FDA Regulations Propose Big Changes for E-Cigarettes

3 min

On April 24, 2014, the Food and Drug Administration (“FDA”) issued a Proposed Rule specifically deeming electronic cigarettes, but not related accessories, tobacco products that are subject to the Tobacco Control Act.

Publication of the Proposed Rule opens a 75-day public comment period, after which a Final Rule could be issued with an effective date for implementation of regulations. If this deeming regulation is adopted in its current form, e-cigarettes will be subject to the following regulations, originally created and tailored to regulate traditional combustible tobacco products:

  1. enforcement action against products determined to be adulterated and misbranded;
  2. required submission of ingredient listing and reporting of harmful and potentially harmful constituents (HPHCs) for all tobacco products;
  3. required registration and product listing for all tobacco products;
  4. prohibition against use of modified risk descriptors (e.g., "light," "low," and "mild" descriptors) and claims unless FDA issues an order permitting their use;
  5. prohibition on the distribution of free samples;
  6. premarket review of products or proof of substantial equivalency to a “predicate product” commercially marketed before February 15, 2007;
  7. requirement for a minimum age of purchase;
  8. health warnings for product packages and advertisements, namely an addiction warning, which FDA is also proposing to apply to cigarette tobacco and roll-your-own tobacco; and
  9. prohibition of vending machine sales, unless the vending machine is located in a facility where the retailer ensures that individuals under 18 years of age are prohibited from entering at any time.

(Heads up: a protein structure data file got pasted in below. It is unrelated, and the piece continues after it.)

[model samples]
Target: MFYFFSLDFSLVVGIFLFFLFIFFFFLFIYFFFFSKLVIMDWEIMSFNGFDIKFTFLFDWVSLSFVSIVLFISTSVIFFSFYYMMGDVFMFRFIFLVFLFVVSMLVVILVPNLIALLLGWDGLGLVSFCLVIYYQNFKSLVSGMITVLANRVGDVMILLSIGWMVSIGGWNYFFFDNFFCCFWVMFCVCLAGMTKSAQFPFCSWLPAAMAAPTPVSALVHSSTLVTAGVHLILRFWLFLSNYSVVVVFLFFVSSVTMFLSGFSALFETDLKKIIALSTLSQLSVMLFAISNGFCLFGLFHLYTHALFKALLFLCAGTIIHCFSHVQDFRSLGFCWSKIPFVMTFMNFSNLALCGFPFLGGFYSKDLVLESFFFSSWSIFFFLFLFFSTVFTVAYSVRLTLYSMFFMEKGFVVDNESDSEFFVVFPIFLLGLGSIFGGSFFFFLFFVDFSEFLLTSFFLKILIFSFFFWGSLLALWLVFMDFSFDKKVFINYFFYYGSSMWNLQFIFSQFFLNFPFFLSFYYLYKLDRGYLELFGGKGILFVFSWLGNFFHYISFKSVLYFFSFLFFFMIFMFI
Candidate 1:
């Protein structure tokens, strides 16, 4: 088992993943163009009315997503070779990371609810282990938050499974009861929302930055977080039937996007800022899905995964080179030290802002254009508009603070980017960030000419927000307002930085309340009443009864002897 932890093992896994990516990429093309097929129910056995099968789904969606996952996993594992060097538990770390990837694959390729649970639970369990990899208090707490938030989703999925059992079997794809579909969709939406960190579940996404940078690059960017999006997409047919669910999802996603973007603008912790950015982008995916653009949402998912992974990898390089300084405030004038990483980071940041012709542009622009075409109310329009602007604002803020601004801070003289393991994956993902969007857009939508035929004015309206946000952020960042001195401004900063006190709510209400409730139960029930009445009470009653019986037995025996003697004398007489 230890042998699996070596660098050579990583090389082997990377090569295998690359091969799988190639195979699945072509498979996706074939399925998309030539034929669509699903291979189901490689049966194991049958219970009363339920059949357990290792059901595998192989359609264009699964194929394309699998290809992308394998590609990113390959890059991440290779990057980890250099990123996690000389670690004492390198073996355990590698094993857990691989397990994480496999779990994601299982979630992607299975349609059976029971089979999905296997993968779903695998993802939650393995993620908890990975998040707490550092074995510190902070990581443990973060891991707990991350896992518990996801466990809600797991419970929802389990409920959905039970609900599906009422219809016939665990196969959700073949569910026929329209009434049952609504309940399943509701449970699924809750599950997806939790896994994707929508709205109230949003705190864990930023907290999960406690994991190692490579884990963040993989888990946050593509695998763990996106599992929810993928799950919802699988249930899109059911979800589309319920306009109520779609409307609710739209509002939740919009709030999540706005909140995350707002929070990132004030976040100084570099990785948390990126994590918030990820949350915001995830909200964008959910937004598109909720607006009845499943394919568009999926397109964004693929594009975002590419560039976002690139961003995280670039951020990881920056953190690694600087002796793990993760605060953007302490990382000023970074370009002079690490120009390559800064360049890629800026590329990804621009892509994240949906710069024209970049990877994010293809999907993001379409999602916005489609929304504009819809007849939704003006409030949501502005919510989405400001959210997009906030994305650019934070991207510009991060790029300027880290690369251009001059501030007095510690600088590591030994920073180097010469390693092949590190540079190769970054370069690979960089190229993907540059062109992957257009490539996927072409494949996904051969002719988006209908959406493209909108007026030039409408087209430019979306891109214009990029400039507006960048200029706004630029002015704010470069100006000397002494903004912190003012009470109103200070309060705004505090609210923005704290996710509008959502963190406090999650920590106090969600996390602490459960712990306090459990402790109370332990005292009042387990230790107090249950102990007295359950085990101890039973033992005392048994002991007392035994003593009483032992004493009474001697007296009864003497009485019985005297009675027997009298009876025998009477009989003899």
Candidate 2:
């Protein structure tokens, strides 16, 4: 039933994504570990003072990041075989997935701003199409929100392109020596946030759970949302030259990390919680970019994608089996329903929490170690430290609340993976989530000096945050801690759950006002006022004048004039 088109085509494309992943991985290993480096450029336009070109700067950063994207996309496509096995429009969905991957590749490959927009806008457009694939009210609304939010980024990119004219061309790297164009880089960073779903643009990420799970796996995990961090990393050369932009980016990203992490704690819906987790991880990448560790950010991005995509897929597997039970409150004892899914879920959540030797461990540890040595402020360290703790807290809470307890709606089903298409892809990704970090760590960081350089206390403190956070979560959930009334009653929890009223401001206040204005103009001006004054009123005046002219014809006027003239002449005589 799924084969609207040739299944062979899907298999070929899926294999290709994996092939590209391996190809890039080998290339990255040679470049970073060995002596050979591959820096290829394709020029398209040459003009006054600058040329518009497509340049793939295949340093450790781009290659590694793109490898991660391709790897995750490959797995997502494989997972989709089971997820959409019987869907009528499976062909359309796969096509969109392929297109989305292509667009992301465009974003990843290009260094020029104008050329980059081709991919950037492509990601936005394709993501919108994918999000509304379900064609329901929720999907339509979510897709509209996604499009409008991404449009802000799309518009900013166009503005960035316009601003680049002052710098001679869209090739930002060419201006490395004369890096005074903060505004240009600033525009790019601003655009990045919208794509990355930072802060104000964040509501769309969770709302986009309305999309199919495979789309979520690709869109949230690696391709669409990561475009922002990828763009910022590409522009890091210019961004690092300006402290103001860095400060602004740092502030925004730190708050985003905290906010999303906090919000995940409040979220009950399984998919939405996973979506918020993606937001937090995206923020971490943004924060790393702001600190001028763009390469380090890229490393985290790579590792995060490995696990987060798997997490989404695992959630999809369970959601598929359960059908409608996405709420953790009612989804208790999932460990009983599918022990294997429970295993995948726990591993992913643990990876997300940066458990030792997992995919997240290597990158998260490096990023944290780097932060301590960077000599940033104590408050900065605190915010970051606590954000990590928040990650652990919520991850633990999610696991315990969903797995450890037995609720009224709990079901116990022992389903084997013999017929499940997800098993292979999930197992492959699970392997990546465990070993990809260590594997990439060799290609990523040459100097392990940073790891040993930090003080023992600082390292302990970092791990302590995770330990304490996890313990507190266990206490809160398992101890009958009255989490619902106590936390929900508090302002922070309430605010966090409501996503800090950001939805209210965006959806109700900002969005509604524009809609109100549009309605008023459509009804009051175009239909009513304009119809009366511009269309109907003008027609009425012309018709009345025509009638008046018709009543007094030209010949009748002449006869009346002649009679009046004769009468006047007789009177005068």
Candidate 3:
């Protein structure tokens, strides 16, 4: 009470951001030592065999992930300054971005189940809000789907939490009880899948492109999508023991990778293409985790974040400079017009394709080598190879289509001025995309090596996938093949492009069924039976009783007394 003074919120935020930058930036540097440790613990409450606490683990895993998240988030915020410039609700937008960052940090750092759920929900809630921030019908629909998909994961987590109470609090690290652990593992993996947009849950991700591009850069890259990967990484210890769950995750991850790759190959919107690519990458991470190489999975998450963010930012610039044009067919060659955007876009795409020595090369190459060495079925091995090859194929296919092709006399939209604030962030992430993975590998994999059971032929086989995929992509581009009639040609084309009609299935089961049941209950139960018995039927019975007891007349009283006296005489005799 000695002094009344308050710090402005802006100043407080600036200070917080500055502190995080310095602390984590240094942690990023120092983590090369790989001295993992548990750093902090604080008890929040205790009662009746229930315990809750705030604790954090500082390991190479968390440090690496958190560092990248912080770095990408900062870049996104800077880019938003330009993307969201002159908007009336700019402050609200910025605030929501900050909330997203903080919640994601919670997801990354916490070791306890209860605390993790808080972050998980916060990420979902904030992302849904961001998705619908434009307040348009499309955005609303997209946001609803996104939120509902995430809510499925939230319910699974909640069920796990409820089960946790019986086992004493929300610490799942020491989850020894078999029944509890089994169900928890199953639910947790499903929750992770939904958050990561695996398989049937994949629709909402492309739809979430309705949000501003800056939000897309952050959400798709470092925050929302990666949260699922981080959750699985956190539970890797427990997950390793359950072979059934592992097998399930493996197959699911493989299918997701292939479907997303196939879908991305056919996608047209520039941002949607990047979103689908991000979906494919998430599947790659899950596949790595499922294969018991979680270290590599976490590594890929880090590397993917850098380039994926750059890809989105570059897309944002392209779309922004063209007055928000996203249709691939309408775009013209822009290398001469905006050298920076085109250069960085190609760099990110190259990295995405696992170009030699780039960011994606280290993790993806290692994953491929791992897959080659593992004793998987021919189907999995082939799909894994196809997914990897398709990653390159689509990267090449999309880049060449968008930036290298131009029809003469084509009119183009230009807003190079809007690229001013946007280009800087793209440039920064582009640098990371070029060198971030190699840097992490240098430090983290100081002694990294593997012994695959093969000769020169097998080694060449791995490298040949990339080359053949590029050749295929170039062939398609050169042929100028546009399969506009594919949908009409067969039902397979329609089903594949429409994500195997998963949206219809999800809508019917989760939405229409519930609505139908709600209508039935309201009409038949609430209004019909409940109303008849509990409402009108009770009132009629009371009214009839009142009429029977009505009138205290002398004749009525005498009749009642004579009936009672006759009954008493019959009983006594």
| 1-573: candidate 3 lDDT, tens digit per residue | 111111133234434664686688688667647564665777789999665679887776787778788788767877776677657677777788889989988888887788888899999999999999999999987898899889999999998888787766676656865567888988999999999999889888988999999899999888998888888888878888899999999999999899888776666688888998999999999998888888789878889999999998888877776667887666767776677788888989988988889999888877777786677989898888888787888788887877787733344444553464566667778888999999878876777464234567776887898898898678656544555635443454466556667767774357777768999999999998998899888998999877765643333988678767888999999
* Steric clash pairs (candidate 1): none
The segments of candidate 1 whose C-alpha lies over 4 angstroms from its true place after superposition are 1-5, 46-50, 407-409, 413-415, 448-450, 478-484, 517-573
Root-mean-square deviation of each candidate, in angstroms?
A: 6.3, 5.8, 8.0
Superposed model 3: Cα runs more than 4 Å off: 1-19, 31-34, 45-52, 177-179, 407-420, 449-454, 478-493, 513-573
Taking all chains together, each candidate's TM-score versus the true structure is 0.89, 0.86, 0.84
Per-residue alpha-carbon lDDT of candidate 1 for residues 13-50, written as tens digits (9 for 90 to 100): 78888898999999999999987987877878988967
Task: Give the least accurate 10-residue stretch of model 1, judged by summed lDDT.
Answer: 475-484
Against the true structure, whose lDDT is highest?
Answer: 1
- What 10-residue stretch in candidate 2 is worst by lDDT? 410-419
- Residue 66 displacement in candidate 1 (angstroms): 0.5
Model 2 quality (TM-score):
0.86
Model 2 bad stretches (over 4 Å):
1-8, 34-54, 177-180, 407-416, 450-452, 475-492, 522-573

After the announcement of the Proposed Rule, FDA held a telebriefing to discuss the deeming regulation. During the briefing, a few interesting points were addressed.

  • Director Mitch Zeller of the FDA’s Center for Tobacco Products said, “e-cigarettes need to be derived from tobacco” to fall under the purview of the deeming regulation. In short, nicotine derived from vegetables would not be subject to the proposed regulations.

  • Establishment and registration and product listing for tobacco products is a priority for the agency and currently listed on the Unified Agenda. On the call, the agency stated that companies should be on the lookout for publication of a proposed regulation in the near future.

  • Director Zeller stated that it is the agency’s interpretation that Congress’ intent was for the 2007 grandfathered date to apply to tobacco products. However, he emphasized that the agency welcomes comments on a different interpretation (e.g., one in which the grandfathered date would be the date of the finalized deeming regulation’s publication).

  • FDA Senior Regulatory Counsel Gerie Voss discussed the compliance timeline for Premarket Tobacco Applications (“PMTA”) and the agency’s awareness of the implications of the February 15, 2007 grandfathered date. Due to these implications, Ms. Voss explained that FDA will not take enforcement action against companies that have filed a PMTA within 24 months of the final rule’s enactment while the application is pending.

  • Director Zeller made it clear that the Proposed Rule was merely the foundation for the future of tobacco product regulation. Thus, the fact that the proposed deeming regulation does not discuss flavors is of no consequence and does not mean that the agency has no intention of regulating flavors as applied to e-cigarettes in the future.

If you have any questions regarding how the proposed deeming regulations may affect you or would like our assistance in preparing comments, please contact the authors of this alert.